14 of 14 people found the following review helpful By L. Dean Murphy on March 8, 2011
Format: Hardcover
The titular yard on the Florida/Georgia border harbors human bones in seven unmarked graves. Canine Jasper brings home a human skull for his master, Winston Pettis. The only reason Dr. Bill ("Doctor Bill"!) Brockton leaves "The Body Farm" in Tennessee is that Florida forensic analyst Angie St. Claire is studying techniques with him when she is notified that her sister allegedly committed suicide just north of the Florida state line, outside her jurisdiction. Dr. Bill is enlisted as a forensic anthropologist to learn if Angie's hastily buried sister, Kate, could have offed herself with a shotgun.

Angie sets aside grief for her sister's death and drags Dr. Bill into a jurisdictional quagmire. When Jasper brings home another skull and then a femur from nightly forages, a GPS tracking collar is placed on the canine anthropologist wannabe. Only a sinister "big-bellied sheriff" wants this sleeping dog to lie quietly for eternity. The GPS collar disappears but had successfully transmitted the path of a nightly "bone run," which leads Dr. Bill and Angie to unmarked graves a short distance from a notorious juvenile reform school that had mysteriously burned down in the 1960s. Dr. Bill learns that a reform school guard, Seth Cochran (appropriately nicknamed Cockroach), viciously lashed out at boys in the school, but got his just deserts when he died in the fire.

You'd think Dr. Bill would have taken a highly venomous viper in the bathtub of his flea-bag motel as a hint that someone was trying to scare him off the case. But which one: the death of Angie's sister or the unmarked graves? Cherry-hued herrings abound. Then a hidden diary presumed to have been written by one of the reform school boys sheds light and clues as to what really happened---and details unimaginable horrors. Dr.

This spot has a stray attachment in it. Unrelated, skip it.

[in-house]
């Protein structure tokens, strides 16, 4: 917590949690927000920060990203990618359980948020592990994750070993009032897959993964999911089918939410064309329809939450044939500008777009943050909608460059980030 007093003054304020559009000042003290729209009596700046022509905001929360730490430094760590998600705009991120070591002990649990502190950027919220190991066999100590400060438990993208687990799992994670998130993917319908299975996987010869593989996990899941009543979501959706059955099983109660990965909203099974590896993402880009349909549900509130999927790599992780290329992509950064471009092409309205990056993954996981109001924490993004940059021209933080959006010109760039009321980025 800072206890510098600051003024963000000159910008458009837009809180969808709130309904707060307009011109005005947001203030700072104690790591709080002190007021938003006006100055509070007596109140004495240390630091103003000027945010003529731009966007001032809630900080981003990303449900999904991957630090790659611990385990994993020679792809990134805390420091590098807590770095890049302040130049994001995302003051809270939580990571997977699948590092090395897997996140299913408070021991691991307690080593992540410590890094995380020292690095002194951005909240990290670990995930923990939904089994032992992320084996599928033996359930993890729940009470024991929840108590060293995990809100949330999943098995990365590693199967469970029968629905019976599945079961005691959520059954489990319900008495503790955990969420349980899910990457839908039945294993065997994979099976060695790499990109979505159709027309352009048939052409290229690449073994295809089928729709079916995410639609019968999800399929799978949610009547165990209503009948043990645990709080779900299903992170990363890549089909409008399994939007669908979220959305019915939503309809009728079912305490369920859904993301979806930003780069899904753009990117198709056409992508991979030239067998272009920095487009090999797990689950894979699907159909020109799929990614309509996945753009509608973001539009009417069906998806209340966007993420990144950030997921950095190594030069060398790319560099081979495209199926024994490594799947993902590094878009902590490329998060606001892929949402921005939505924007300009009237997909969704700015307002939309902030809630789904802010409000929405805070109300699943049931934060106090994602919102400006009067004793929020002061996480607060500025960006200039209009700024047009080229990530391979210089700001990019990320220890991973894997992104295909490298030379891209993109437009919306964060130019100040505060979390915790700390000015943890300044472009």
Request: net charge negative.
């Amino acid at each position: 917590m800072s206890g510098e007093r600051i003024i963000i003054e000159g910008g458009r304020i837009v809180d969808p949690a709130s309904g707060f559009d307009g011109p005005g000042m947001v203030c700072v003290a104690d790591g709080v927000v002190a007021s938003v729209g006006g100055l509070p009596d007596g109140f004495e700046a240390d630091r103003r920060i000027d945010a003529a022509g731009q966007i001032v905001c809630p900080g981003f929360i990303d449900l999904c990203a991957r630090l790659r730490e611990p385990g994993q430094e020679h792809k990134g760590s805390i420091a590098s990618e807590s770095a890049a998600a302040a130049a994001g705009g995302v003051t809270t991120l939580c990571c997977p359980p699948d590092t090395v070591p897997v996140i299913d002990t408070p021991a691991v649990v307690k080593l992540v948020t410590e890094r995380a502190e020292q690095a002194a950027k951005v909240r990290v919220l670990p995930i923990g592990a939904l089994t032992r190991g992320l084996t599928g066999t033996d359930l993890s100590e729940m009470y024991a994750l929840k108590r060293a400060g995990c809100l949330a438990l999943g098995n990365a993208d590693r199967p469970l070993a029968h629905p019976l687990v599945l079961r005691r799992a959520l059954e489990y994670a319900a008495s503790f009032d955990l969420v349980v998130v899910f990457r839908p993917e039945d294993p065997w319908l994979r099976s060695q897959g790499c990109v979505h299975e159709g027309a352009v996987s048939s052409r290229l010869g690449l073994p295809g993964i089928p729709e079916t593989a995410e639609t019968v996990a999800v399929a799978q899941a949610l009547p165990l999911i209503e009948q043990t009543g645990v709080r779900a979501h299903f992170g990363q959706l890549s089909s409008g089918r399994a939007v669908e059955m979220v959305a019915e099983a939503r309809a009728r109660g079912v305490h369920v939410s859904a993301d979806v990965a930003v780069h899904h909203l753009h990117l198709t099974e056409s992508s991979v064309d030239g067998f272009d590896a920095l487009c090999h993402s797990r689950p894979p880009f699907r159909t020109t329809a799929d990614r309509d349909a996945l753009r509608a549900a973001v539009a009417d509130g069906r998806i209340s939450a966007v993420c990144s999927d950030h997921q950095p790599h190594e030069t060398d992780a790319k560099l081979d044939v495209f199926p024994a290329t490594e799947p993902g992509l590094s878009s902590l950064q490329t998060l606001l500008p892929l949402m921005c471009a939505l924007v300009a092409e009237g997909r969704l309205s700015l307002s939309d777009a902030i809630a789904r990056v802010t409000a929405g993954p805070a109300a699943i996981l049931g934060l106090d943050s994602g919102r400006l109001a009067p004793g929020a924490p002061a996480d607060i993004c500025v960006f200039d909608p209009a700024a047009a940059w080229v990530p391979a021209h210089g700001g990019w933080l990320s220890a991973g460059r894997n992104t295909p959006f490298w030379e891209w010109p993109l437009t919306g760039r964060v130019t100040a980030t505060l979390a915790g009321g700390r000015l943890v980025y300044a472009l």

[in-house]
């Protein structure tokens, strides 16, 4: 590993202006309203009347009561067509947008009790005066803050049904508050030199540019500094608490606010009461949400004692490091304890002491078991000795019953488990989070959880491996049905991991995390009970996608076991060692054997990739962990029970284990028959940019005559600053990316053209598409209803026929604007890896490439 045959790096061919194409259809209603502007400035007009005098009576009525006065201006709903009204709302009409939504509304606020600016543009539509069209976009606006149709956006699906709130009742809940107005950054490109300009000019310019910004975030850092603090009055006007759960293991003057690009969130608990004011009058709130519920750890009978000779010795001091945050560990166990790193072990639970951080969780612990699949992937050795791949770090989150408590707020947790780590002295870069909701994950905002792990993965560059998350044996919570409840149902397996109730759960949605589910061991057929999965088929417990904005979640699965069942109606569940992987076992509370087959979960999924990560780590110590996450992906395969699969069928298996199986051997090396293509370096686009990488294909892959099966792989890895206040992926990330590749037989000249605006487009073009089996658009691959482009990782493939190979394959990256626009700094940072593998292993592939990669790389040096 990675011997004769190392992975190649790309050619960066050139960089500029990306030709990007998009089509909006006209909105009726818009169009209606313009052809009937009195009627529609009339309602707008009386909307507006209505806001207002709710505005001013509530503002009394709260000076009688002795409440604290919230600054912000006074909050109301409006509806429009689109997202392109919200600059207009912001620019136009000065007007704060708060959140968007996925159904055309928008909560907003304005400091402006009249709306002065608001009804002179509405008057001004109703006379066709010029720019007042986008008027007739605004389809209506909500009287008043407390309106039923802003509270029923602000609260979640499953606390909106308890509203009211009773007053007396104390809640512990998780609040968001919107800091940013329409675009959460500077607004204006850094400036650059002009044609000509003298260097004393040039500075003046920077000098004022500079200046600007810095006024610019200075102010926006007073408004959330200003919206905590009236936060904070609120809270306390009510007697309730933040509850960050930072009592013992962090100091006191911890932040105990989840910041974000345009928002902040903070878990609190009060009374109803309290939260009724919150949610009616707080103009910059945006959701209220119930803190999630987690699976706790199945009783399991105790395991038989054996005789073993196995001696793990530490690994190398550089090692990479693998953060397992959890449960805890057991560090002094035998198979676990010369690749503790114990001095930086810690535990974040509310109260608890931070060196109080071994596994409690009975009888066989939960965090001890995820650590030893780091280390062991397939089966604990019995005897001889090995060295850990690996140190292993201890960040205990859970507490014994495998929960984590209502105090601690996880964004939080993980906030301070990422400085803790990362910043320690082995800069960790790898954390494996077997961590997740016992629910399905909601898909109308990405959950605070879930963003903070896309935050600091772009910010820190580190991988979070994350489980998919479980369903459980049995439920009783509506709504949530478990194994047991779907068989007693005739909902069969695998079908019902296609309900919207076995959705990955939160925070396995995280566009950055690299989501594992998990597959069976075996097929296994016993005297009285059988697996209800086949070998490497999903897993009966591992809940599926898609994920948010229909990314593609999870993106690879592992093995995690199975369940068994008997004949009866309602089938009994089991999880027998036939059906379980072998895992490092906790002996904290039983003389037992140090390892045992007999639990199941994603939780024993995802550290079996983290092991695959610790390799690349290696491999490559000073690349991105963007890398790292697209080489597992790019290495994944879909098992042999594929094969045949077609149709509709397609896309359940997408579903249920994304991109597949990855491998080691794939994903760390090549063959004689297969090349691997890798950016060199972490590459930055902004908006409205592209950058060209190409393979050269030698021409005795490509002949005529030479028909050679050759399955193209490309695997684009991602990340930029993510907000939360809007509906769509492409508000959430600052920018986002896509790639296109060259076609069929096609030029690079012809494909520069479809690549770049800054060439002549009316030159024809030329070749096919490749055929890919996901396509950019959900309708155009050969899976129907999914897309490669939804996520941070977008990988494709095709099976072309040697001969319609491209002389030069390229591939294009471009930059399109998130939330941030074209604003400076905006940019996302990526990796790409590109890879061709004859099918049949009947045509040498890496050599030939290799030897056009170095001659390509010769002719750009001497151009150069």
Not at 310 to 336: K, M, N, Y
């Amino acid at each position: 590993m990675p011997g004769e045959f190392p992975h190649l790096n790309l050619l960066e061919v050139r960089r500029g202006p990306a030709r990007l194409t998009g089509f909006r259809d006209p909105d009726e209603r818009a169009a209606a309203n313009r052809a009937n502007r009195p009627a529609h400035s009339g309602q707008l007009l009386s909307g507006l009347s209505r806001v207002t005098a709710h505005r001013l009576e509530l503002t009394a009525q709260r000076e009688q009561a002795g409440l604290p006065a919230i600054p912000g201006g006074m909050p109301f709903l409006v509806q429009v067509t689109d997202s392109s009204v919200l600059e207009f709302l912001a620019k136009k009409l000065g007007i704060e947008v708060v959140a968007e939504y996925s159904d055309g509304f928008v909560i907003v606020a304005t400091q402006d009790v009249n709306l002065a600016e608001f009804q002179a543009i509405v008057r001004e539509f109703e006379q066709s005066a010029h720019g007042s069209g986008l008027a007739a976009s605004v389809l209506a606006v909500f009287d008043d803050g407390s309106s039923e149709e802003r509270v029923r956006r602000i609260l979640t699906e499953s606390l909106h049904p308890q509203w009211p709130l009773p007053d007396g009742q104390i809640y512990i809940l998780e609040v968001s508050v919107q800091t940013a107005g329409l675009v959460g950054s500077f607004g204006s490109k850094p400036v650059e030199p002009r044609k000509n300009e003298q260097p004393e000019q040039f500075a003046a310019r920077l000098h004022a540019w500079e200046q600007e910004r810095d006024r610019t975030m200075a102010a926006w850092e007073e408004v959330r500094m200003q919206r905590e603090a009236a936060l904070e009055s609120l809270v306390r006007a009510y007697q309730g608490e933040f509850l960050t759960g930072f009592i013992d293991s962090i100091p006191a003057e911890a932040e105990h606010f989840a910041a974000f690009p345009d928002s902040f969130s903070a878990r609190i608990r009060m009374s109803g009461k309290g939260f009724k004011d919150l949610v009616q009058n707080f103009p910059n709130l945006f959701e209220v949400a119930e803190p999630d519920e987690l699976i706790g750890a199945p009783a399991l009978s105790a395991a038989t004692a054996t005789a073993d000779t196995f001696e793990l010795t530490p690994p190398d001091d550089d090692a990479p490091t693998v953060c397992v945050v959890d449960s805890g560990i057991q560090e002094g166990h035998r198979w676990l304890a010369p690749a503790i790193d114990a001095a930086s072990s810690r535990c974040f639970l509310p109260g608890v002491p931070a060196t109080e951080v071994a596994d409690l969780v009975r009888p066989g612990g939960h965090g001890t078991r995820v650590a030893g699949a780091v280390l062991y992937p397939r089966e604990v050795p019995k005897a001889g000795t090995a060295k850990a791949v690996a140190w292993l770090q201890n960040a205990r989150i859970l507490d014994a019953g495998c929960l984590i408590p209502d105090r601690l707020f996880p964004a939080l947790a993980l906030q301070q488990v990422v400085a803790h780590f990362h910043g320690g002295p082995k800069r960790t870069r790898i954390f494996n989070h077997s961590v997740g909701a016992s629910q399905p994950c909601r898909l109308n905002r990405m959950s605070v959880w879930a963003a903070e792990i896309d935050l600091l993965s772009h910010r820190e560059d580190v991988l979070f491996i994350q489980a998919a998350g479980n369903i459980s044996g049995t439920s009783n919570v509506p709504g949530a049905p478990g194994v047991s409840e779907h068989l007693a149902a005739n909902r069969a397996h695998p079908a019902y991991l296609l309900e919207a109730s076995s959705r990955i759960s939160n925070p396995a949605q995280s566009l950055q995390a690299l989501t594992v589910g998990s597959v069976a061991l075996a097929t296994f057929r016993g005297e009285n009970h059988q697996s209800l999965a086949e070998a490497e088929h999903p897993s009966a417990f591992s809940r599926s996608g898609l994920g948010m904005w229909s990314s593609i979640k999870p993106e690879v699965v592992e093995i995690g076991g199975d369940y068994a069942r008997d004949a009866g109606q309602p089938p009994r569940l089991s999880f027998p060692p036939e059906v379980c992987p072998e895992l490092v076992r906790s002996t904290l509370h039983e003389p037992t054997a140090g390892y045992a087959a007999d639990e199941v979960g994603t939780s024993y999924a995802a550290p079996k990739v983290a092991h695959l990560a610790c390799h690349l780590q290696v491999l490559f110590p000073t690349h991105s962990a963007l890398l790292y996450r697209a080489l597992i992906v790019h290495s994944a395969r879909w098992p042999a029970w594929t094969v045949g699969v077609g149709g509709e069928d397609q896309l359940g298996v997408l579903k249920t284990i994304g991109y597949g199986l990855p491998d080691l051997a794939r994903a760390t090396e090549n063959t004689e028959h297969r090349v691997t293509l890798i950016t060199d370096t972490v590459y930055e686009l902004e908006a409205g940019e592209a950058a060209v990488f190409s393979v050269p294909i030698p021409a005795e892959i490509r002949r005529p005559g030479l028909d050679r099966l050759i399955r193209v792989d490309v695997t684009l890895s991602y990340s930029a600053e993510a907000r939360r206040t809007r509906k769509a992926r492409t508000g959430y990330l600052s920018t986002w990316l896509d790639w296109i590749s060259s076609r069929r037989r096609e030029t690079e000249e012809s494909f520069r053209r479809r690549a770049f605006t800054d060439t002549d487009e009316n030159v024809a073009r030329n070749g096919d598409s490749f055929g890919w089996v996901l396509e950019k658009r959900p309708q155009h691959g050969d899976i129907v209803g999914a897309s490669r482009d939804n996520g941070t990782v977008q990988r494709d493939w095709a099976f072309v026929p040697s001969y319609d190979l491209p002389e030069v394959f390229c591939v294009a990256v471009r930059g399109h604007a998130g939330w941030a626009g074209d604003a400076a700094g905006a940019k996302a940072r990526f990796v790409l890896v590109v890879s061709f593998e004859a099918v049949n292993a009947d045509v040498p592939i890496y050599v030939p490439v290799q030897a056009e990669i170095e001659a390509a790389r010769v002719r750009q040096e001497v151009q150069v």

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8 of 9 people found the following review helpful By Luan Gaines HALL OF FAMETOP 500 REVIEWERVINE VOICE on March 8, 2011
Format: Hardcover
Two things come to mind in this latest pairing of Dr. Bill Bass, forensic anthropologist, and Jon Jefferson, a veteran journalist, writing as Jefferson Bass. One, the remarkable advances in forensics and crime scene analysis is a growing source of information for curious lay people. The insider view provided by the protagonist, Dr. Bill Brockton of East Tennessee's Body Farm, argues for the implementation of forensic science in solving crimes. Two, the atrocities discovered at the North Florida Boy's Reformatory through Brockton's joint efforts with Angie St. Claire of the Florida Department of Law Enforcement document the abuses of the most vulnerable among us. With most of the relevant evidence destroyed in a 1967 fire at the reformatory, this particular case is a painful reminder of both past and present practices, legislated against, but enforced beyond the scrutiny of the public.